Shaping Your Teen’s Character Part 2: Growing Conversation With Your Teen
As adapted from materials from Mark Gregston- parentingtodaysteen.org
Most parents have already spent many years “telling their kid what to do.” Teens don’t learn much from parents constantly telling them what is right. That’s been downloaded many times in their early years already. Instead of parents pouring into them from the same cup of knowledge, we want our teens to develop the responsibilities of filling up their own cup and sharing back to us what they know. We transition into this type of dialogue through questions. The goal is to get our teens thinking about what we’ve been teaching them.
One way to accomplish this goal is by using a communication tool called “The Power of Asking Questions.” This tool is an invitation for our teen to enter the adult world and an affirmation that parents value their thoughts and want to hear what they have to say. This principle is at work in our everyday lives. For example, most employees appreciate it when their bosses seek their input, and the same is true in marriage relationships. Fostering opportunities for teens to share their answers helps them reveal their heart and helps the parent to gauge their current strengths and weaknesses. Following are the 5 Keys to Asking Questions, which is a good starting place. Please consider that these are some general principles for creating dialogue, but there may be times that a parent will need to step in for safety’s sake.
- Think about what you want to cultivate or grow from the conversation. Especially if it involves a touchy or sensitive subject, write down some of the questions that you want to ask. Think ahead and plan for good dialogue. The more sensitive the topic, the more important the timing of the conversation.
- Avoid YES or NO questions. To help generate deeper thinking, ask open-ended questions. Include wording such as “How did that happen?” “Tell me more,” or, “What do you think?” to get past yes or no answers. Most kids have learned that the “why” question is like a trap. When they have responded to a “Why did you do that?” question in the past, their answer has usually been wrong in the adult’s eyes and chastised or corrected. It’s not wrong to ask our teens “why” on occasion, but use it gently.
- Ask the question – but don’t answer it! If you ask a question, let your child grow in the process of giving a response. We spend more time answering for our kids and are therefore doing all the talking. Yes, we may have a better answer, and they might not have all the pieces of the puzzle in the right order, but we are giving them and their brain a chance to see what their answer and thoughts sound like. Learn from their answer, and don’t give your thoughts unless they ask for them.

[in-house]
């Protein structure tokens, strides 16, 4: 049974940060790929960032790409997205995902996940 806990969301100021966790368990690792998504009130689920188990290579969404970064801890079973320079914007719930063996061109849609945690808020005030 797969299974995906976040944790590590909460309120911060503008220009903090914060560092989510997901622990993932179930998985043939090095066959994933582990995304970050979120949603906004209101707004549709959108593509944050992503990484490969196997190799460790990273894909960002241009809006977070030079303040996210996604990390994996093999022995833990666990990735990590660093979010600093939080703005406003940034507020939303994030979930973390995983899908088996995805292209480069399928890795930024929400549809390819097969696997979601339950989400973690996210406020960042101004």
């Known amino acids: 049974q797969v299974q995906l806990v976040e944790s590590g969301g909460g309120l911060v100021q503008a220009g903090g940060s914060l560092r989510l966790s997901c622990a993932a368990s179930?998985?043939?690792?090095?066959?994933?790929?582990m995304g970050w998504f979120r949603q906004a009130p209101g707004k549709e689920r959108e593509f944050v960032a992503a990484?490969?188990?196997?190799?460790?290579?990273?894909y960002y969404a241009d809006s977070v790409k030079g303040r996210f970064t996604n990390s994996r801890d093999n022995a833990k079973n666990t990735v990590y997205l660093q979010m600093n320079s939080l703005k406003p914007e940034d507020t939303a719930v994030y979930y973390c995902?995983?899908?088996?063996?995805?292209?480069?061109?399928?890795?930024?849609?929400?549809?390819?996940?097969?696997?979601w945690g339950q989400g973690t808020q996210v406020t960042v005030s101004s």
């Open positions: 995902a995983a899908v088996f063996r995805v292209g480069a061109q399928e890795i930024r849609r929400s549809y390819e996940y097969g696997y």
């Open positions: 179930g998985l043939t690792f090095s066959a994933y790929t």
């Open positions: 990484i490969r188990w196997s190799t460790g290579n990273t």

- Let kids’ answers be a spring board for further questions. We set aside the police officer interrogation scene and replace it with enthusiastic second graders asking their teacher questions after a lesson. If our teen is talking about driver’s education class and brings up a new safety device in some current vehicles, we would spring board from their response with a question like, “Tell me more about this new thing – it sounds interesting.” There is no substitution for genuine interest and attention!
- Don’t shut down their responses. Most experts say that 80% of what we communicate comes through our body language and voice tone. Your teen will say things that are not fully factual, wise, or in alignment with Mom and Dad’s ways. Check the body language of eye rolls, huffs, newspaper or laptop/cell phone up to face, etc. at the door! What is the goal? To get teens to practice dialogue and get their thoughts out of their head verbally. Be prepared. They may tell you more than you want to know and sometimes things you wish you didn’t know. They may try and evoke a reaction from you or push a button, or maybe they’re just sharing the realities of their world. Either way, we want them to try and learn to think deeper.
To view the entire resource, Shaping Your Teen’s Character, please click here.